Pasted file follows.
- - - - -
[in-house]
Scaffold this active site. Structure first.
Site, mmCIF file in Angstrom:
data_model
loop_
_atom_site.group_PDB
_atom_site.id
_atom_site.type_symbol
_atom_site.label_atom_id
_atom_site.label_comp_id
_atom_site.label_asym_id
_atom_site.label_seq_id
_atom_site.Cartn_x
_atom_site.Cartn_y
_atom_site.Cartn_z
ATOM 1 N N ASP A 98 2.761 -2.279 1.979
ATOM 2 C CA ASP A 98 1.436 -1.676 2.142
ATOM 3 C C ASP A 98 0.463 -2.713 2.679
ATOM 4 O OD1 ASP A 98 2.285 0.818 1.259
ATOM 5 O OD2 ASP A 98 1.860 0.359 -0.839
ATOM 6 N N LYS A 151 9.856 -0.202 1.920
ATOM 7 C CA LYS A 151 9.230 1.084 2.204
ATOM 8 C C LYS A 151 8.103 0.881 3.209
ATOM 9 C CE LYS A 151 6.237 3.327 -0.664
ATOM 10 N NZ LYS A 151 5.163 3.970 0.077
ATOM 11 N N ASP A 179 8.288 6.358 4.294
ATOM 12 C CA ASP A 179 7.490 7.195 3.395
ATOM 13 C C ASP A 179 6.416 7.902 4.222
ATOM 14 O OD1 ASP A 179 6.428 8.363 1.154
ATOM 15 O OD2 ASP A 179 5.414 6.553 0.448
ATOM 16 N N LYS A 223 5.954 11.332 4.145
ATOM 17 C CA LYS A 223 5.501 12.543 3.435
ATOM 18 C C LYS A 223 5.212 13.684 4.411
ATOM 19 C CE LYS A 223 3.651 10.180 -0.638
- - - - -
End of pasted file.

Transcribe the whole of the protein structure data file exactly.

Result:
[in-house]
Scaffold this active site. Structure first.
Site, mmCIF file in Angstrom:
data_model
loop_
_atom_site.group_PDB
_atom_site.id
_atom_site.type_symbol
_atom_site.label_atom_id
_atom_site.label_comp_id
_atom_site.label_asym_id
_atom_site.label_seq_id
_atom_site.Cartn_x
_atom_site.Cartn_y
_atom_site.Cartn_z
ATOM 1 N N ASP A 98 2.761 -2.279 1.979
ATOM 2 C CA ASP A 98 1.436 -1.676 2.142
ATOM 3 C C ASP A 98 0.463 -2.713 2.679
ATOM 4 O OD1 ASP A 98 2.285 0.818 1.259
ATOM 5 O OD2 ASP A 98 1.860 0.359 -0.839
ATOM 6 N N LYS A 151 9.856 -0.202 1.920
ATOM 7 C CA LYS A 151 9.230 1.084 2.204
ATOM 8 C C LYS A 151 8.103 0.881 3.209
ATOM 9 C CE LYS A 151 6.237 3.327 -0.664
ATOM 10 N NZ LYS A 151 5.163 3.970 0.077
ATOM 11 N N ASP A 179 8.288 6.358 4.294
ATOM 12 C CA ASP A 179 7.490 7.195 3.395
ATOM 13 C C ASP A 179 6.416 7.902 4.222
ATOM 14 O OD1 ASP A 179 6.428 8.363 1.154
ATOM 15 O OD2 ASP A 179 5.414 6.553 0.448
ATOM 16 N N LYS A 223 5.954 11.332 4.145
ATOM 17 C CA LYS A 223 5.501 12.543 3.435
ATOM 18 C C LYS A 223 5.212 13.684 4.411
ATOM 19 C CE LYS A 223 3.651 10.180 -0.638